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The verdict is in: People don’t want babies on flights

The verdict is in: People don’t want babies on flights

The results are in: People don’t want babies on flights anymore.

A new survey conducted by insurance company InsureandGo asked 1,100 Australian parents how old a child should be before it was OK for them to be taken on-board domestic and international flights.

It turns out that Australians have some pretty strong opinions about the appropriate age children should be taken on a flight as well as whether or not cabins should be “baby-free zones”.

About 60 per cent of people said domestic flights were not suitable for children aged under one year old, and 76 per cent said the same about international flights. 

The overwhelming majority of people said it was not acceptable for newborns to fly domestically (87 per cent) and internationally (92 per cent).

The strict stance seems to be for newborns only as people generally got more relaxed about older children flying. Only a quarter of people said that domestic flights were not okay for children aged five and up.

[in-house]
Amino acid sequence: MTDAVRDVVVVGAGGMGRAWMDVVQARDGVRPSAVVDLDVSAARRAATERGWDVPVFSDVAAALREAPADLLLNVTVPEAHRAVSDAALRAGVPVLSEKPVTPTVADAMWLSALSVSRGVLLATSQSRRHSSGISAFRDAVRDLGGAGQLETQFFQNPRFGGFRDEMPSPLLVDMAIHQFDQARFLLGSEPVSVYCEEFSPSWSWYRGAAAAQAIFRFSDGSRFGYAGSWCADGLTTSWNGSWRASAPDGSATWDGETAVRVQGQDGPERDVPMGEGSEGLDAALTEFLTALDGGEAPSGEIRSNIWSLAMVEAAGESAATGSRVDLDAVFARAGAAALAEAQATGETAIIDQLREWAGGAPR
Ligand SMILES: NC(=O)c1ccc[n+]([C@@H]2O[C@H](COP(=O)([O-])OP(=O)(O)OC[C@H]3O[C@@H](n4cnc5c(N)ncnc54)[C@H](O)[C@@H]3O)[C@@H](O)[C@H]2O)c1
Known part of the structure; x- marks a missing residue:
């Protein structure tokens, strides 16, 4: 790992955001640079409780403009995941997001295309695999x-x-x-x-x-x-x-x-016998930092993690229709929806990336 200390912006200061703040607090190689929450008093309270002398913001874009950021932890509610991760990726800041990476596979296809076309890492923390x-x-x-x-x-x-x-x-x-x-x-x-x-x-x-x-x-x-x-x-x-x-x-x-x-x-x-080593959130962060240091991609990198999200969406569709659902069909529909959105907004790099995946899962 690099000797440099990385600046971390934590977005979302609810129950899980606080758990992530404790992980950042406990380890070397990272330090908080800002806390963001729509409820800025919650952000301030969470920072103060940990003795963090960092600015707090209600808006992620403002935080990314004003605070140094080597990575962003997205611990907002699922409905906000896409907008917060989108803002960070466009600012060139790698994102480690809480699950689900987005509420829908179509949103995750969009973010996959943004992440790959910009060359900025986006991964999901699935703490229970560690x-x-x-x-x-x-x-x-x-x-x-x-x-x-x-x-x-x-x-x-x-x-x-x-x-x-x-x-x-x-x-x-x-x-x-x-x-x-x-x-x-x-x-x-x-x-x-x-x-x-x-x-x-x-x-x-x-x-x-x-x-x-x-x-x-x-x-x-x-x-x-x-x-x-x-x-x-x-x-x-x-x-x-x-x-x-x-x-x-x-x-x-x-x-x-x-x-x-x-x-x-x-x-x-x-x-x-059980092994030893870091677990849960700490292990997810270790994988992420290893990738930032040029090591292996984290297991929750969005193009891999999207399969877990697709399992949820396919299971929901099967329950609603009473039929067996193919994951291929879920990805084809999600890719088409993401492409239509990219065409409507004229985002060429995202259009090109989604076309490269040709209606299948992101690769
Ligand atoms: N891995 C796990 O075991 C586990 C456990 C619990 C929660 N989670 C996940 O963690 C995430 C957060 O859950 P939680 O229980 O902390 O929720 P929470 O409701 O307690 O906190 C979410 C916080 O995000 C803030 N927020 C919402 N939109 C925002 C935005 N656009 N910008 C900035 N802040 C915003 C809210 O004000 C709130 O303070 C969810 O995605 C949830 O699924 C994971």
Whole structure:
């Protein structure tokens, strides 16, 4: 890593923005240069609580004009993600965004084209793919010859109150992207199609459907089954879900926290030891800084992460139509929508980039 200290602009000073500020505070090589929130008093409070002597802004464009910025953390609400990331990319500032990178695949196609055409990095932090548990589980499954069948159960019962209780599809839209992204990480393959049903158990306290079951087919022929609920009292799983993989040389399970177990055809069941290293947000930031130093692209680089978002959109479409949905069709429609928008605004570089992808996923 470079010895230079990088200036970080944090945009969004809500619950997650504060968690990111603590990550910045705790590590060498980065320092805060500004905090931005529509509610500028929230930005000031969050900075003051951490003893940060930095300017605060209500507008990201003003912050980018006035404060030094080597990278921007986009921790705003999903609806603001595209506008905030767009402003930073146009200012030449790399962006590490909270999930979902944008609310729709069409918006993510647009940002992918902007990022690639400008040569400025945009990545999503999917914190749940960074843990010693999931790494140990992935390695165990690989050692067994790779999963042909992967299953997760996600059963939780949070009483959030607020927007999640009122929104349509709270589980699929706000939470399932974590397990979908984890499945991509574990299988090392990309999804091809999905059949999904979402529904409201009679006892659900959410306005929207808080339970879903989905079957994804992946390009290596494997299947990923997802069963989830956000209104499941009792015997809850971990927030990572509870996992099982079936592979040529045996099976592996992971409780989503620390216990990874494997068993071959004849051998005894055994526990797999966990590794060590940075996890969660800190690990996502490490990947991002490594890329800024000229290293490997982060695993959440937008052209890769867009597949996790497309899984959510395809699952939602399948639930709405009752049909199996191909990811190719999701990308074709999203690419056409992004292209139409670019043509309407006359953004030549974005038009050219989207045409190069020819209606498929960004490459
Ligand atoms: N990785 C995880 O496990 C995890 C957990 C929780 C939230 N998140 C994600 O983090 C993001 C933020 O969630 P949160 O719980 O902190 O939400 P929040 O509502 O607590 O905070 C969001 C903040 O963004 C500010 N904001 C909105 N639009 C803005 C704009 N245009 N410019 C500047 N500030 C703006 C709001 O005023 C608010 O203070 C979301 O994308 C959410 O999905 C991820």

About 45 per cent of people said that kids under five shouldn’t be on international flights and 14 per cent said that children should be at least 12 before travelling internationally.

InsureandGo spokesman Jonathan Etkind said that from a health and wellbeing point, heading overseas provides children with unique threats.

“This can take the form of anything from infections and diseases that may be present in the country to which you’re travelling, to the pain children sometimes feel due to cabin pressure at the takeoff and landing of your flight,” he said.

Many people still maintain that they don’t want to be disturbed by children while flying.

Another survey said that 52 per cent of travellers thought that families and children should be grouped together in a separate section of the plane.

Others explained their reasoning saying that they’d pay more for a flight to sit in a child-free area.

“Some believe there should be a separate aeroplane cabin for those travelling without children but I will do you one better — there should be an entire AIRLINE that guarantees child-free travel,” one Twitter user said.

Another person added: “There are child-free hotels, why not child-free flights?”

IndiGo, an Indian airline, has already introduced “child-free zones” to some of its services in response to this demand.

Don’t expect this on international airlines however, as Tracey Stewart from Airfarewatchdog said that it would cause an outrage.

“It’s probably hard for parents to be super objective for this stuff. Whenever this comes up, people get so upset about it,” she told Business Insider.

“It would be great if an American carrier would give it a shot, but I would be surprised if anyone takes it on.”